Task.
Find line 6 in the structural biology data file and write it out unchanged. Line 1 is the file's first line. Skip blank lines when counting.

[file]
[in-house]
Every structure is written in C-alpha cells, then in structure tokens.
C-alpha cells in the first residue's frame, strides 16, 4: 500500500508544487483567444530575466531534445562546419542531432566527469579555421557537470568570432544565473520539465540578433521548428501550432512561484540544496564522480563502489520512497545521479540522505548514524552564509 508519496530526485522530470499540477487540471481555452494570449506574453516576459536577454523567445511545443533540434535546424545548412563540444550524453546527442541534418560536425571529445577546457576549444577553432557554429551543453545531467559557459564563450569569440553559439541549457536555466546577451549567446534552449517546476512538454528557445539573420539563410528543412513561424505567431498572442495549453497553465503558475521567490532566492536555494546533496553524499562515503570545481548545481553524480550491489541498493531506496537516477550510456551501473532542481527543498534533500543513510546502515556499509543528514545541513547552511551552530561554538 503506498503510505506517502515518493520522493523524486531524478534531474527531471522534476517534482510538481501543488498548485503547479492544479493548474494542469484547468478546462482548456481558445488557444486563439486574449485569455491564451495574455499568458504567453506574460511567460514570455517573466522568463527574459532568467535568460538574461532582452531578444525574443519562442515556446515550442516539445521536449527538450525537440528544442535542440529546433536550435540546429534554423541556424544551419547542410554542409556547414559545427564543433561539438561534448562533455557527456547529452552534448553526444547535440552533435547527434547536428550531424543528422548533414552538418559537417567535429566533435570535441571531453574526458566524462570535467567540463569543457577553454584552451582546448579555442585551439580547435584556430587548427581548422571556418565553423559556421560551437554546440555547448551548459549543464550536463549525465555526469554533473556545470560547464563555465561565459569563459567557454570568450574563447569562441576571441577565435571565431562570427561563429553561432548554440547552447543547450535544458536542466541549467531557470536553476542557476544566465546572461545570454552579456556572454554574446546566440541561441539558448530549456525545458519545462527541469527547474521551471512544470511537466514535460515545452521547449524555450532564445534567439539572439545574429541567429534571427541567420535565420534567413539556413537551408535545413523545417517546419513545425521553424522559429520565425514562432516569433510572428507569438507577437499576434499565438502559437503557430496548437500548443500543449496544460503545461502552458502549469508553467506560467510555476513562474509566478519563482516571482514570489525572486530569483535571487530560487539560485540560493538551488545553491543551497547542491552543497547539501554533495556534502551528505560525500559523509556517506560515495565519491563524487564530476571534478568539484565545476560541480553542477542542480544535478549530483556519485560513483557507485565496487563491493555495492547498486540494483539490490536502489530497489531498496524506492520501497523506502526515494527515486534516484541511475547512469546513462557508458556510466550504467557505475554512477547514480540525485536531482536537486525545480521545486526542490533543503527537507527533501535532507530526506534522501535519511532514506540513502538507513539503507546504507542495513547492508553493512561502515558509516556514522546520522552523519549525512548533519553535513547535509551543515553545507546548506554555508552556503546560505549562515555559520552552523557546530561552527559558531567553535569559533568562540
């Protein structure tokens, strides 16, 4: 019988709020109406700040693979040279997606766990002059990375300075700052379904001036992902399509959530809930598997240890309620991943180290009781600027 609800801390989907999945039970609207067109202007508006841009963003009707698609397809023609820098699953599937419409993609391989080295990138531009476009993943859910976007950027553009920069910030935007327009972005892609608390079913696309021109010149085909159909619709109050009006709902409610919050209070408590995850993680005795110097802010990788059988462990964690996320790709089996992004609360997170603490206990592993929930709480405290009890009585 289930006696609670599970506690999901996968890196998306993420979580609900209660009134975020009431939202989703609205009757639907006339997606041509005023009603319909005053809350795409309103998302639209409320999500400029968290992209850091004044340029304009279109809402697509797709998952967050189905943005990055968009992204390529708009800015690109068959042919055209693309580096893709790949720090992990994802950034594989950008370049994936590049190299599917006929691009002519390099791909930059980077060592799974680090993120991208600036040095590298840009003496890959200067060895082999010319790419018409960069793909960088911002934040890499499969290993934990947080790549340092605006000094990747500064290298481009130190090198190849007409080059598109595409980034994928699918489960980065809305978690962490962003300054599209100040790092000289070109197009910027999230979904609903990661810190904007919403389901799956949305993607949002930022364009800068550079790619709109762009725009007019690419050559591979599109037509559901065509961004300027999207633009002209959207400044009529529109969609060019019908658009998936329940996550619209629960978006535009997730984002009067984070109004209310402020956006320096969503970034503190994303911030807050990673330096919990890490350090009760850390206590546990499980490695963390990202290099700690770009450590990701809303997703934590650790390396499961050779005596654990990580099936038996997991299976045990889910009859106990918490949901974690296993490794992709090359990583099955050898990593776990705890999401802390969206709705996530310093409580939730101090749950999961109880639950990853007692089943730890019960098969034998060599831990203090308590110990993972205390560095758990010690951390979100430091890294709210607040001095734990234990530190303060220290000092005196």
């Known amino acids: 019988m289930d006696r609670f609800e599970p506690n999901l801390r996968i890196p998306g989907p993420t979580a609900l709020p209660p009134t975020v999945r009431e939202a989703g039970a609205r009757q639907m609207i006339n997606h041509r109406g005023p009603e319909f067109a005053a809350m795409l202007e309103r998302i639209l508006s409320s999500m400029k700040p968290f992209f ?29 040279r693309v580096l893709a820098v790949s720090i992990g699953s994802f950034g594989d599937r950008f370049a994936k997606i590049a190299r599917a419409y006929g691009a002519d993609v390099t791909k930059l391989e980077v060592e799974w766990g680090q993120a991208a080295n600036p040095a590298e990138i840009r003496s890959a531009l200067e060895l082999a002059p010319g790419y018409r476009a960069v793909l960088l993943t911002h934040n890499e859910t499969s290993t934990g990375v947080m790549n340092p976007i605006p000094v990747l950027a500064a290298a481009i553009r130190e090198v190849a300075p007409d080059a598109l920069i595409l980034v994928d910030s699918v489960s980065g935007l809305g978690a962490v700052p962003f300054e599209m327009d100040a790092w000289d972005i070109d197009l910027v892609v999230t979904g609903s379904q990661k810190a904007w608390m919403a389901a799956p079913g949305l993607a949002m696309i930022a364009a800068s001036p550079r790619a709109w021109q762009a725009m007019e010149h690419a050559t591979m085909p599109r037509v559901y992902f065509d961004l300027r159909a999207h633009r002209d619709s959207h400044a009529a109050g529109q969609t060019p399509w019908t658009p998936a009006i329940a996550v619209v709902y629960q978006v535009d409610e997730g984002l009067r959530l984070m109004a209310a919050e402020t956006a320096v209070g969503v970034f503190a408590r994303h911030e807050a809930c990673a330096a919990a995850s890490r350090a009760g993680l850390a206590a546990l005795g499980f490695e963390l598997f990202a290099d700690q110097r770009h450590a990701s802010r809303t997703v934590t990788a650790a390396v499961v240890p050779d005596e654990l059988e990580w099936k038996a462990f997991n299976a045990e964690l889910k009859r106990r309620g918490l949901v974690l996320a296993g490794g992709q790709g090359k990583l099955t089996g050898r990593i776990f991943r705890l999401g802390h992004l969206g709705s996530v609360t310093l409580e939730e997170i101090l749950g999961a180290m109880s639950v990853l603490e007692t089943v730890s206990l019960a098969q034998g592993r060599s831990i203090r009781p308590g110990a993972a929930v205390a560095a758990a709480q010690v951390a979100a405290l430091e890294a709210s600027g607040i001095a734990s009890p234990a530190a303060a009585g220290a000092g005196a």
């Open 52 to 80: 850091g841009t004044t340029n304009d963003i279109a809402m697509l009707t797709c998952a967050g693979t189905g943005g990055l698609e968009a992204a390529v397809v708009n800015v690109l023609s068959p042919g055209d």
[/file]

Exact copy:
């Open 52 to 80: 850091g841009t004044t340029n304009d963003i279109a809402m697509l009707t797709c998952a967050g693979t189905g943005g990055l698609e968009a992204a390529v397809v708009n800015v690109l023609s068959p042919g055209d």